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The severity of autism is associated with toxic metal body burden and red blood cell glutathione

 

 


J Toxicol. 2009;2009:532640. Epub 2009 Aug 26.


The severity of autism is associated with toxic metal body burden and red blood cell glutathione levels.

Adams JB, Baral M, Geis E, Mitchell J, Ingram J, Hensley A, Zappia I, Newmark S, Gehn E, Rubin RA, Mitchell K, Bradstreet J, El-Dahr JM. Division of Basic Medical Sciences, Southwest College of Naturopathic Medicine, Tempe, AZ 85282, USA.



This study investigated the relationship of children's autism symptoms with their toxic metal body burden and red blood cell (RBC) glutathione levels. In children ages 3-8 years, the severity of autism was assessed using four tools: ADOS, PDD-BI, ATEC, and SAS. Toxic metal body burden was assessed by measuring urinary excretion of toxic metals, both before and after oral dimercaptosuccinic acid (DMSA). Multiple positive correlations were found between the severity of autism and the urinary excretion of toxic metals. Variations in the severity of autism measurements could be explained, in part, by regression analyses of urinary excretion of toxic metals before and after DMSA and the level of RBC glutathione (adjusted R(2) of 0.22-0.45, P < .005 in all cases). This study demonstrates a significant positive association between the severity of autism and the relative body burden of toxic metals.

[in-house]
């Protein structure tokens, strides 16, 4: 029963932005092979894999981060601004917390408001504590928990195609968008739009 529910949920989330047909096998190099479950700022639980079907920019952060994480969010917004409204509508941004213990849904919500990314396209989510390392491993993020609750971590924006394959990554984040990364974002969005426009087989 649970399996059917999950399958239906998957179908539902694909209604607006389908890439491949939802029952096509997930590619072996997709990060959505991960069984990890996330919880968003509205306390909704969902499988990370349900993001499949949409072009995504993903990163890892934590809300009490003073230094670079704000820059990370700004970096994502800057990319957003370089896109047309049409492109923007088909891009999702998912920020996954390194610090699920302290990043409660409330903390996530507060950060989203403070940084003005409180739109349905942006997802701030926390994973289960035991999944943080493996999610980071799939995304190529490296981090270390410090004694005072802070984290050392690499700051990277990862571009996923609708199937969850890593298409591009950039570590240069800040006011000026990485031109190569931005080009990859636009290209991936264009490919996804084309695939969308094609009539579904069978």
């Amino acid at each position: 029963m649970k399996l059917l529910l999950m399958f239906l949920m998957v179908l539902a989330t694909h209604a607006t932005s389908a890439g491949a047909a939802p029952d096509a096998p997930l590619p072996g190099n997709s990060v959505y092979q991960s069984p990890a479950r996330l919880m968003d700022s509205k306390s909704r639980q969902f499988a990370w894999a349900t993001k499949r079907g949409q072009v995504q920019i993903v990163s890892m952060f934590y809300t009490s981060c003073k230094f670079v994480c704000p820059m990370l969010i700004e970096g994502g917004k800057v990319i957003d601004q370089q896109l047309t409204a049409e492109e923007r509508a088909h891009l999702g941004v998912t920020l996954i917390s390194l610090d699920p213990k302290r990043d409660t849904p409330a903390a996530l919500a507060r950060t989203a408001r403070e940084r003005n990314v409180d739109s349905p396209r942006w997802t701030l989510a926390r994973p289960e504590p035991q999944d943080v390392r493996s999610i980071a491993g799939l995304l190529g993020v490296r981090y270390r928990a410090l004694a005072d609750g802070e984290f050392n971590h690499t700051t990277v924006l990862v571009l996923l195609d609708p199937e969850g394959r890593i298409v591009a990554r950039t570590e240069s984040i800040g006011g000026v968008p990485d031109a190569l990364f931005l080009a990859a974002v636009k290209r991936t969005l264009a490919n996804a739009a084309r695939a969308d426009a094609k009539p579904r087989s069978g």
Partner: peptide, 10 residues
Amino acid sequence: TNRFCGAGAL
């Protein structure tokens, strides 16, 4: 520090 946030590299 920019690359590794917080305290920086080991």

PMID: 20107587 [PubMed - in process]

 


 

 

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  • This study was reported on in November 2009 by Lourdes Salvador in her column article Chelation Effective for Autism in which she explains some of the background and terms used in the study.

    This study is certainly interesting and appears to validate the both that heavy metals are one environmental factor associated with autism and that chelation therapy brings clinical improvements. However, the results are tempered by recent findings from the Childhood Autism Risk from Genetics and the Environment (CHARGE) study, the largest of its kind, which found no significant differences in blood levels of mercury (Hg) between children with autism and healthy controls.

    The debate is set to continue for some time yet it seems.

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